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Harvey Weinstein's defense team has begun presenting its case in New York City. NPR's Rose Friedman has been in that courthouse for the entire trial, and she brought us this. And just a quick warning, this story deals with sex crimes.

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CIA officer Carrie Mathison takes on one more assignment in the eighth and final season of Showtime's spy drama "Homeland," which launches on Sunday. NPR TV critic Eric Deggans has this review.

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The XFL is set for a reboot this weekend nearly two decades after it folded.

Back in 2001, World Wrestling Entertainment CEO Vince McMahon promised a new type of football game: faster, more violent tackles, creative new rules, a brash attitude and scantily clad cheerleaders.

"We welcome you to our brand of football," McMahon said in his 2001 opening day speech before he growled, "Ladies and gentlemen, this is the XFL."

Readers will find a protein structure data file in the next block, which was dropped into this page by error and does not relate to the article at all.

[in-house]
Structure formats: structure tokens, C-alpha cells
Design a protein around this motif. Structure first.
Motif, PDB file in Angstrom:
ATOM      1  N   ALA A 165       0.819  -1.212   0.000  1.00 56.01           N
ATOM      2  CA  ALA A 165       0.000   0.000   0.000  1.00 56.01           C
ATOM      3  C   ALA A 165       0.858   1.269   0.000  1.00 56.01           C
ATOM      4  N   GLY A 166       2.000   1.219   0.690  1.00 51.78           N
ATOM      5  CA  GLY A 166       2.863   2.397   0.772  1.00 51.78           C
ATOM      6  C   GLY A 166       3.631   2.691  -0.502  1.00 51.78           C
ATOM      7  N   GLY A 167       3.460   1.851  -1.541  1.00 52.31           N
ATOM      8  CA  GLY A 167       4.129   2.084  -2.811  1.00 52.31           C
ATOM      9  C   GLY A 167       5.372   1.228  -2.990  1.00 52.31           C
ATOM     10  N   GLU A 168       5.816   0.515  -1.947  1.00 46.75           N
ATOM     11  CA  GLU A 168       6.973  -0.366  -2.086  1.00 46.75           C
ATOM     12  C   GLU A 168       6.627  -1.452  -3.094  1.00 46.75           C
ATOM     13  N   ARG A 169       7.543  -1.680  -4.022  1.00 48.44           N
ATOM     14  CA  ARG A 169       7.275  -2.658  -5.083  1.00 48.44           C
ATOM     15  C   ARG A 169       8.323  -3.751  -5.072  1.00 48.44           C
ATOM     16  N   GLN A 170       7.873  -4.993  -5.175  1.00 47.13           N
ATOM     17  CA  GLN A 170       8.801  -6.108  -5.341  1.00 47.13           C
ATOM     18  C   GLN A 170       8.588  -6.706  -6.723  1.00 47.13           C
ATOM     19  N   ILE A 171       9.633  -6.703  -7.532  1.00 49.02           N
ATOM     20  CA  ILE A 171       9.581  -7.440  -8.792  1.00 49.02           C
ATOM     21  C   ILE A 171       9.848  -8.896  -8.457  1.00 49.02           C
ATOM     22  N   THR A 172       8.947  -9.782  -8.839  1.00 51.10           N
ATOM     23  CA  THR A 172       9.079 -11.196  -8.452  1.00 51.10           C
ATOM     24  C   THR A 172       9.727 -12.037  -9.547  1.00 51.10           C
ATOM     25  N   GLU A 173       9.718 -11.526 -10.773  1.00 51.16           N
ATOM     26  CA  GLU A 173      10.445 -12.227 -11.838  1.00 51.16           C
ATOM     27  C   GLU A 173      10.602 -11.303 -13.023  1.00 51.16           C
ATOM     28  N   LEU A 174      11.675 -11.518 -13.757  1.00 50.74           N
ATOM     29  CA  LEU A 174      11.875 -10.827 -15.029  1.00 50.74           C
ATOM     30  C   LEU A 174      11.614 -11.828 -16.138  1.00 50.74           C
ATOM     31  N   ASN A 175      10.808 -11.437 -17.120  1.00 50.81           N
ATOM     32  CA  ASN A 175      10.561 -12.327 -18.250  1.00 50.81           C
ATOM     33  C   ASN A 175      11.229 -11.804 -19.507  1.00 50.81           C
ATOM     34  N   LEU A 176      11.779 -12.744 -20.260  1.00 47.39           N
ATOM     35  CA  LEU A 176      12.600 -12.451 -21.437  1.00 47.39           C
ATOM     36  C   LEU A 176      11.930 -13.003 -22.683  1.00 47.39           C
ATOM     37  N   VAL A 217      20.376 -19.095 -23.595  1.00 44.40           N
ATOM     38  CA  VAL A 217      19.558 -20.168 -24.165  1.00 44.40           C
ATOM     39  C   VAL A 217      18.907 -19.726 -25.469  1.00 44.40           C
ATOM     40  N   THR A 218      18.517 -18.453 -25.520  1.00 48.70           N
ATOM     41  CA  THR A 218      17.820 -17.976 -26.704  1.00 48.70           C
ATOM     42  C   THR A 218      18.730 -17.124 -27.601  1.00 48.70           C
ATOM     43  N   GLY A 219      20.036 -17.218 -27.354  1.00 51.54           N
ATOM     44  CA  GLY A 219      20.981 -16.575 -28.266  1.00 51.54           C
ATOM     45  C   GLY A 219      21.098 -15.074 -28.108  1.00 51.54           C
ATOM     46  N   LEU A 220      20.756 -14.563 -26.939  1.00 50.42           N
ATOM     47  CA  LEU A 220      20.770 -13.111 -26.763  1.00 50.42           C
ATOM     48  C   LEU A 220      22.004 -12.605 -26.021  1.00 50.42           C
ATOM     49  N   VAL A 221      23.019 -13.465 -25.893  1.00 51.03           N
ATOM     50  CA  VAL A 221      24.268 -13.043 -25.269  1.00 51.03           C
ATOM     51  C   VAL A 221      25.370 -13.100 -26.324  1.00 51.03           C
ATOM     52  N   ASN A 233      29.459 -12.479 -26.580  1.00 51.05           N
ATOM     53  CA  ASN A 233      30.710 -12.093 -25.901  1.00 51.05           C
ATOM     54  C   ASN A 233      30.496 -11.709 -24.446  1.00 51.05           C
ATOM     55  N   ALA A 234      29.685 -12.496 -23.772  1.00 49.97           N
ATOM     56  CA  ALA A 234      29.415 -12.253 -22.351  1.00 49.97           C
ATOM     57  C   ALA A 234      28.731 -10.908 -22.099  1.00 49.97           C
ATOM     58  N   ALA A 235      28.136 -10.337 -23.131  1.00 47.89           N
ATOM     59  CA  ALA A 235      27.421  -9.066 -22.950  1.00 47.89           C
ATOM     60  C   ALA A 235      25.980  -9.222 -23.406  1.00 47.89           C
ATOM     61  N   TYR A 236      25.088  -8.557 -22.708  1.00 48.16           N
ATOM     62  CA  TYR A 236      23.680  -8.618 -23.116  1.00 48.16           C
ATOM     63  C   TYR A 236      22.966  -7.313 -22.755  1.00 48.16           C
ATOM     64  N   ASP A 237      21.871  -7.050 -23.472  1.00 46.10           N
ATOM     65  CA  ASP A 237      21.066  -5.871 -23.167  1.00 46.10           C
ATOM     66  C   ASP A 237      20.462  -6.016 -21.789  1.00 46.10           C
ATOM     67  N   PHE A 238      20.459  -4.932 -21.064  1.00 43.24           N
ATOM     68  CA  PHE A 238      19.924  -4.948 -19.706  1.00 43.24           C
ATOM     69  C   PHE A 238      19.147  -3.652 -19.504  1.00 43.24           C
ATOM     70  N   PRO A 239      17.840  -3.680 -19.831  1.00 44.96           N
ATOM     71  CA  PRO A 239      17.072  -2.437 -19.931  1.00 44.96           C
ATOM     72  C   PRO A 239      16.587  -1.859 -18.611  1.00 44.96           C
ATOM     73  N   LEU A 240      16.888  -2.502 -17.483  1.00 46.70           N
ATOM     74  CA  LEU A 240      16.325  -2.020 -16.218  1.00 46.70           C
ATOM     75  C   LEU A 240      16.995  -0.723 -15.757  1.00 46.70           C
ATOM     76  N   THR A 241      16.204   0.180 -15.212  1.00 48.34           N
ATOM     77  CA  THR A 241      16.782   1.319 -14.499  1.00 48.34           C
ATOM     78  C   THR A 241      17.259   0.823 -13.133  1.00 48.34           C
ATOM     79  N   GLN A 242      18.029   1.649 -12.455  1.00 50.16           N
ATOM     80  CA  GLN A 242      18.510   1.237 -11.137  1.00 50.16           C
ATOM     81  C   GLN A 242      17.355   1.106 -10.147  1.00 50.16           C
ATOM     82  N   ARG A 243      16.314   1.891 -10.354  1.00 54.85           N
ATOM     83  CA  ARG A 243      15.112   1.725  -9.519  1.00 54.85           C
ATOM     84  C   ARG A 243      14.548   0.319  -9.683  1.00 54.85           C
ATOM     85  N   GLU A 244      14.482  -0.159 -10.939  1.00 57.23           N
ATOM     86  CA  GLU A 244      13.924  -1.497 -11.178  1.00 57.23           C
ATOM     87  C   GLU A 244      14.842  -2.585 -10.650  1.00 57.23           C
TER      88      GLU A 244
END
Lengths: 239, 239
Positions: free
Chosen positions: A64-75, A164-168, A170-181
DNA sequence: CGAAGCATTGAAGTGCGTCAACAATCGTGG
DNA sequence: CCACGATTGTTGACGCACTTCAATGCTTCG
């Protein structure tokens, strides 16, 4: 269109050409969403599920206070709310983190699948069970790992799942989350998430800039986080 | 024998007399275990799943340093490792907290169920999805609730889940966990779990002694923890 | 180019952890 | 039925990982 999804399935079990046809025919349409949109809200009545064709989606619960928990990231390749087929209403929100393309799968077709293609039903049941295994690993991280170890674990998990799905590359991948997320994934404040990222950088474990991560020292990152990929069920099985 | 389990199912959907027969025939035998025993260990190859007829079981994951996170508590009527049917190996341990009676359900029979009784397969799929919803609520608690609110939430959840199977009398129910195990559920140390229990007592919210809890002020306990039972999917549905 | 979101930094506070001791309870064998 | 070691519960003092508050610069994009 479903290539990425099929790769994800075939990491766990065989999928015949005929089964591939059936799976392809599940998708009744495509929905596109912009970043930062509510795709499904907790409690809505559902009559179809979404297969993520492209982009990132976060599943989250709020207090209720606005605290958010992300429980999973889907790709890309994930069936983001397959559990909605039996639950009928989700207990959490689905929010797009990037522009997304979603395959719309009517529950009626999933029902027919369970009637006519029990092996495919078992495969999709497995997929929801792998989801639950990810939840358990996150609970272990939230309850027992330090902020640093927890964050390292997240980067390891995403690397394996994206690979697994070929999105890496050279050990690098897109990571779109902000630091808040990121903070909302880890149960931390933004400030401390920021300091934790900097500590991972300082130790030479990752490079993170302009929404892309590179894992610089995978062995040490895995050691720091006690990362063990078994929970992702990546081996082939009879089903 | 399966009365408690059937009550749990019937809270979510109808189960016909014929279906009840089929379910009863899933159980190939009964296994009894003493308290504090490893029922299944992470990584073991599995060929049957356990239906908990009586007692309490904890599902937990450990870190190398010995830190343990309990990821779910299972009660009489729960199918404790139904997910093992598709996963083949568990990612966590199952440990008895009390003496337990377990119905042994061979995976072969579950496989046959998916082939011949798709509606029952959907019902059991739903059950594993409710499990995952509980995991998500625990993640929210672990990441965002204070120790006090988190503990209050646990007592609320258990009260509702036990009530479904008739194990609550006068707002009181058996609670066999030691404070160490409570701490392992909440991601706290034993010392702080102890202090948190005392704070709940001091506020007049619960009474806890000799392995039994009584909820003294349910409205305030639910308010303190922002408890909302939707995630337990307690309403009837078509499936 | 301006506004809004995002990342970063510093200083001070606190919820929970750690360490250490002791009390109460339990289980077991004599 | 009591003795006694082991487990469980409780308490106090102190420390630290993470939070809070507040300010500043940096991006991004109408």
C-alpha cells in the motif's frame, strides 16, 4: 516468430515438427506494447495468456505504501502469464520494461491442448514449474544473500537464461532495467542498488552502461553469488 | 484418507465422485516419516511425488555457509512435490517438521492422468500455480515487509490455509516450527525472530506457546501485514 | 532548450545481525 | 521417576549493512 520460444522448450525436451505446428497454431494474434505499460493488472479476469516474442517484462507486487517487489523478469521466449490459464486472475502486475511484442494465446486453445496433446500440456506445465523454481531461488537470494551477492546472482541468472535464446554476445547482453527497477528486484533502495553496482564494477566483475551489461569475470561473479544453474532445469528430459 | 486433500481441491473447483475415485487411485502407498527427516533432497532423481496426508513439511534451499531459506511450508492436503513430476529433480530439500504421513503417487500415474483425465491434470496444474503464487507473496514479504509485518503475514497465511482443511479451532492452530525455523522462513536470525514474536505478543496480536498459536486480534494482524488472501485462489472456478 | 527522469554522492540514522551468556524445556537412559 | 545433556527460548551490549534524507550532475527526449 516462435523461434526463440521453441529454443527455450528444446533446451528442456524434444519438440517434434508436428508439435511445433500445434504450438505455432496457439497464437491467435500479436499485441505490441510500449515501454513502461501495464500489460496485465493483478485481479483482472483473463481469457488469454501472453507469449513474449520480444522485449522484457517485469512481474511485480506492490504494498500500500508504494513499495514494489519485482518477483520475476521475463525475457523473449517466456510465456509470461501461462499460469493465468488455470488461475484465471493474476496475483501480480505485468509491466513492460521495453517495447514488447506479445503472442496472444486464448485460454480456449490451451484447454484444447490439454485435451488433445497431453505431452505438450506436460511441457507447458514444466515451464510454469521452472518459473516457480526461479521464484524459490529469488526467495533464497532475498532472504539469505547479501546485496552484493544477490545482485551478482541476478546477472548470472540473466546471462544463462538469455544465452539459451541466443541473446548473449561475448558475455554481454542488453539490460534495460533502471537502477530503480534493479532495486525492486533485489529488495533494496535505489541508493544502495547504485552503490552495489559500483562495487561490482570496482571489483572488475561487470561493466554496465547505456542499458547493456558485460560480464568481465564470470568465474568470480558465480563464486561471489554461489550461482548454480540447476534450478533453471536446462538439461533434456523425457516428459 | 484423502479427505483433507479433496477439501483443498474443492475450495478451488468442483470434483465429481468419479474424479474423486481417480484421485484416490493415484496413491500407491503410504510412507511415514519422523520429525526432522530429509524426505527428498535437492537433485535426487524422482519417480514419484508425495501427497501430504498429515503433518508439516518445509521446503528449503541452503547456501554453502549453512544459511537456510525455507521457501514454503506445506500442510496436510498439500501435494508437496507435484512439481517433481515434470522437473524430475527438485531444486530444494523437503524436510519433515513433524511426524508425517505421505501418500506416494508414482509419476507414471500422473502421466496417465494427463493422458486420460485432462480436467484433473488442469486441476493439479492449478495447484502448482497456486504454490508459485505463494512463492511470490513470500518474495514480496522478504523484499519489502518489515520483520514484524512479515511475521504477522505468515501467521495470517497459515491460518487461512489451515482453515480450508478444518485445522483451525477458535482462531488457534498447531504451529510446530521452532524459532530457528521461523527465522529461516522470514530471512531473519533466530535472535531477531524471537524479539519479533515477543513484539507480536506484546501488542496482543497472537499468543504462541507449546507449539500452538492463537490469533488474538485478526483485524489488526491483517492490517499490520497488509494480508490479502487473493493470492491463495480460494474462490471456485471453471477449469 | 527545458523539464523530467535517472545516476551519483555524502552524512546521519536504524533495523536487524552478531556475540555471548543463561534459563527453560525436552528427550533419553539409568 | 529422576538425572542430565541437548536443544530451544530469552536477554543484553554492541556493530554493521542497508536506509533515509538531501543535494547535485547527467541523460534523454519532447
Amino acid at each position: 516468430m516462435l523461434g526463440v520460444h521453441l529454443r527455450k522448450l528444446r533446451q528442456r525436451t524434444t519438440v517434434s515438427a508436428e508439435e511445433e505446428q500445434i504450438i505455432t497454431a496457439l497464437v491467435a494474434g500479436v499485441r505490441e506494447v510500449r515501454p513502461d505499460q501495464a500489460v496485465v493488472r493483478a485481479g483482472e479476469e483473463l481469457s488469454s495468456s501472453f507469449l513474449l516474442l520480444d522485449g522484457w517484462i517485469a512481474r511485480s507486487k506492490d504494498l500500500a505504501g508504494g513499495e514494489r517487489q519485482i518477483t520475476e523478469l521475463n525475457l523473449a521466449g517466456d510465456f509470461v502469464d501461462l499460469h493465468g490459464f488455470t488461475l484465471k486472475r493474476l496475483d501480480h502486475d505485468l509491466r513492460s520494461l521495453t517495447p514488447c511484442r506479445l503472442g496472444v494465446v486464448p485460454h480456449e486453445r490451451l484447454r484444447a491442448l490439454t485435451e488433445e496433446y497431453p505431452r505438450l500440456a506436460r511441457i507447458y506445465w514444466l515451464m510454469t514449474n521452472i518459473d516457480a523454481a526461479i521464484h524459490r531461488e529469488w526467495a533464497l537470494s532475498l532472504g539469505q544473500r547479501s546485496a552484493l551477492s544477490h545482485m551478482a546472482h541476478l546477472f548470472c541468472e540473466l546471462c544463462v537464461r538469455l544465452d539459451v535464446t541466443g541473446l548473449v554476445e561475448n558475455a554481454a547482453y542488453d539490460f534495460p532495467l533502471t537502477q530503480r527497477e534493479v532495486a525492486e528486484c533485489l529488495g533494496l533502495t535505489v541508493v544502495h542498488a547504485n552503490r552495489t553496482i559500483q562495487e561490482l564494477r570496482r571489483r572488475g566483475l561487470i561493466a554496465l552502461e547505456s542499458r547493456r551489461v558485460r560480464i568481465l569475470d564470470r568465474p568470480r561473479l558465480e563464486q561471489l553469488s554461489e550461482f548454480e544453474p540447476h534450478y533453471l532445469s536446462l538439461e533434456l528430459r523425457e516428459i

Chunlin Leonhard is grateful to be back in the United States, even though she's now living under the first federally mandated quarantine in 50 years. "The primary feeling is a sense of relief that I'm back in the States," she says. "I'm just tired and glad and grateful."

Updated at 9:20 p.m. ET

A Chinese doctor who was among the first to blow the whistle on the new coronavirus has died from the disease, the hospital treating him said on social media early Friday local time.

Li Wenliang, 34, an ophthalmologist based in Wuhan, was reprimanded in early January by local police authorities for "publishing falsehoods" after he mentioned in a WeChat group seven cases of a virus similar to SARS from a seafood market.